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Refresh All Views in Database with T-SQL

This is a handy little piece of code I wrote, which can help if you ever need to refresh your database views within SQL Server. I have tested this on SQL Server 2005 recently. I have also had a SQL Job run this stored procedure to update my views more frequently.  I had used this to keep views up-to-date for database integration projects.

   1: CREATE Procedure dbo.RefreshAllViews
   2: AS
   3:  
   4: DECLARE @ViewName nvarchar(max)
   5: DECLARE @SQL nvarchar(max) 
   6:  
   7: DECLARE extensionViews CURSOR FOR
   8:     -- Get all views within the database
   9:     SELECT [name] As ViewName
  10:     FROM sys.views
  11:  
  12: OPEN extensionViews
  13:  
  14: FETCH NEXT FROM extensionViews
  15: INTO @ViewName
  16:  
  17: -- Check @@FETCH_STATUS to see if there are any more rows to fetch.
  18: WHILE @@FETCH_STATUS = 0
  19: BEGIN
  20:  
  21: -- Build the dynamic SQL for updating the view on the fetched row
  22: SET @SQL =
  23: 'IF EXISTS (SELECT * FROM sysobjects WHERE type = ''V'' AND name = ''' + @ViewName +''')
  24:     BEGIN
  25:         exec sp_refreshview N''dbo.'+ @ViewName + '''END'
  26:  
  27: exec(@SQL)
  28:      
  29:    -- This is executed as long as the previous fetch succeeds.
  30:    FETCH NEXT FROM extensionViews
  31:    INTO @ViewName
  32: END
  33:  
  34: CLOSE extensionViews
  35: DEALLOCATE extensionViews 
  36:  
  37: GO

Hope you find a use for this!

Greg Olsen
Yellow Duck Guy

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Categories: SQL Server
  1. Jim P
    July 3, 2012 at 4:14 am

    This is good so long as the database views are all valid. If any of the underlying tables have been altered or dropped making the view invalid then the sql will stop at the first error. A workaround for SQL 2000 would be nice, I know 2005 + can use TRY and CATCH the errors but this syntax doesn’t exist in SQL 2000. Any ideas?

  2. MCW
    October 13, 2012 at 12:05 am

    thanks. sp_refreshview – thats what I was looking for. how many times have “support” got back to me with some nebulous error message, that when I trace is basically a dependant view. I think if you want to get round SQL2000 how about you hard code the calls to rebuild your views and log any fails. Better than scratching you head.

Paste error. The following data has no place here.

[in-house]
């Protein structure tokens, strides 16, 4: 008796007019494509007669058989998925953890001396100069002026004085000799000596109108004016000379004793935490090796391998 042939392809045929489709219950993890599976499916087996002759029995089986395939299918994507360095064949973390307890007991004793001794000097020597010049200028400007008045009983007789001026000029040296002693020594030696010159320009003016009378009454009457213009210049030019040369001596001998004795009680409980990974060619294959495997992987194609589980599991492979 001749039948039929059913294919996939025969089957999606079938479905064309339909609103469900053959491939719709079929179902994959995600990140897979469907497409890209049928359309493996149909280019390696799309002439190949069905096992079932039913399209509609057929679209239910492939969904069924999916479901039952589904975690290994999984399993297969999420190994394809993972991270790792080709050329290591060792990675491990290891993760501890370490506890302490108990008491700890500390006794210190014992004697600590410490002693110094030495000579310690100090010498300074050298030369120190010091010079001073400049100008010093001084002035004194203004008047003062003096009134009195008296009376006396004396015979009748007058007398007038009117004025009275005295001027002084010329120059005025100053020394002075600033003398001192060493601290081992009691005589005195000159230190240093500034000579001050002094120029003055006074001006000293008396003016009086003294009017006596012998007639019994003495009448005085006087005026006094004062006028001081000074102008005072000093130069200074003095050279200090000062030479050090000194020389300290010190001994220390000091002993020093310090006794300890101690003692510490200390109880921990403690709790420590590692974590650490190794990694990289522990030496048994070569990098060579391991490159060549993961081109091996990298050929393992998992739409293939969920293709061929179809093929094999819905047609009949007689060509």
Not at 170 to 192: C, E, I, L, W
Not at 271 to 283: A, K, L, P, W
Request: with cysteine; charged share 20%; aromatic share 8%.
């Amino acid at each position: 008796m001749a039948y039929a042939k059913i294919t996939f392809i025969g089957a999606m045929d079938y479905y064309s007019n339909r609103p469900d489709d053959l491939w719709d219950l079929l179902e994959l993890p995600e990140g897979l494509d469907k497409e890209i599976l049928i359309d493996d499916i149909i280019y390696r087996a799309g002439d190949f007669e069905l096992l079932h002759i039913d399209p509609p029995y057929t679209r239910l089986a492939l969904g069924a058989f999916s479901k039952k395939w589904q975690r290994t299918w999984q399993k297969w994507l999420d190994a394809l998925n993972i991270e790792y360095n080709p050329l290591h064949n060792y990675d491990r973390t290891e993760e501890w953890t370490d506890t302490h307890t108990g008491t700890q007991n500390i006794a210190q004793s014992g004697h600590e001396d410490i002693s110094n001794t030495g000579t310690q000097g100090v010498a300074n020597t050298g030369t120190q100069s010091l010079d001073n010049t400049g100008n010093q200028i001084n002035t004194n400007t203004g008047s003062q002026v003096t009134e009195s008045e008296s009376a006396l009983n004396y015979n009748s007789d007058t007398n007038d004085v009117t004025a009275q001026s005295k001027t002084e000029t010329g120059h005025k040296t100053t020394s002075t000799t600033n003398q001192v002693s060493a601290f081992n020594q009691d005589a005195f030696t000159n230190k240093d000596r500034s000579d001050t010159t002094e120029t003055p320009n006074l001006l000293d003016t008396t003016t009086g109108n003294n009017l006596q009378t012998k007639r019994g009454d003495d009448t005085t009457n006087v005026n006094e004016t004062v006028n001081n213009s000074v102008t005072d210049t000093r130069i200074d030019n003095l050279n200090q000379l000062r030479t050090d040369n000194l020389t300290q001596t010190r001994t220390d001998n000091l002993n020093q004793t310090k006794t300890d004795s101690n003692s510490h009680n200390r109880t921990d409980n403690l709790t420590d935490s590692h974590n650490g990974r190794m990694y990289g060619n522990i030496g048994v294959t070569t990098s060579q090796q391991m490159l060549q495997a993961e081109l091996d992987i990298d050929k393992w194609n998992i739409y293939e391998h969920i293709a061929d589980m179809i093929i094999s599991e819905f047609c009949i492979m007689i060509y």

3. Shenpen
    October 30, 2012 at 1:21 am

    Thank you, but why do you have these line numbers here? Cannot copy-paste without editing every single line!

  4. Ricardo Carvalho
    November 9, 2012 at 11:25 am

    thanksss!!!

    • November 9, 2012 at 8:52 pm

      @Ricardo Carvalho – no worries. Thanks for reading the post.

  5. Steve Stocker
    November 30, 2012 at 6:37 am

    Thanks for the inspiration

    ALTER PROCEDURE dbo.RefreshAllViews
    AS
    DECLARE @ViewName NVARCHAR(1024)
    DECLARE @Result NVARCHAR(MAX)
    DECLARE @Results TABLE (ViewName NVARCHAR(1024), Result NVARCHAR(MAX))
    DECLARE myViews CURSOR FOR SELECT [name] AS ViewName FROM sys.views V

    OPEN myViews FETCH NEXT FROM myViews INTO @ViewName

    WHILE @@FETCH_STATUS = 0
    BEGIN
    SET @Result = ‘Successfully refreshed’

    BEGIN TRY
    EXEC sp_refreshview @ViewName
    END TRY BEGIN CATCH
    SET @Result = error_message()
    ROLLBACK TRANSACTION /*avoids trancount error*/
    END CATCH

    INSERT INTO @Results VALUES(@ViewName, @Result)
    FETCH NEXT FROM myViews INTO @ViewName
    END

    SELECT * FROM @Results

    CLOSE myViews
    DEALLOCATE myViews

    GO

  6. Brian
    April 3, 2014 at 4:50 am

    Steve,
    I LOVE your refresh view procedure! As a quick note I added ‘[‘ + [name] + ‘]’ to the
    DECLARE myViews CURSOR FOR SELECT DISTINCT ‘[‘ + [name] + ‘]’ AS ViewName FROM sys.views V in order to deal with views that have a poor naming convention.

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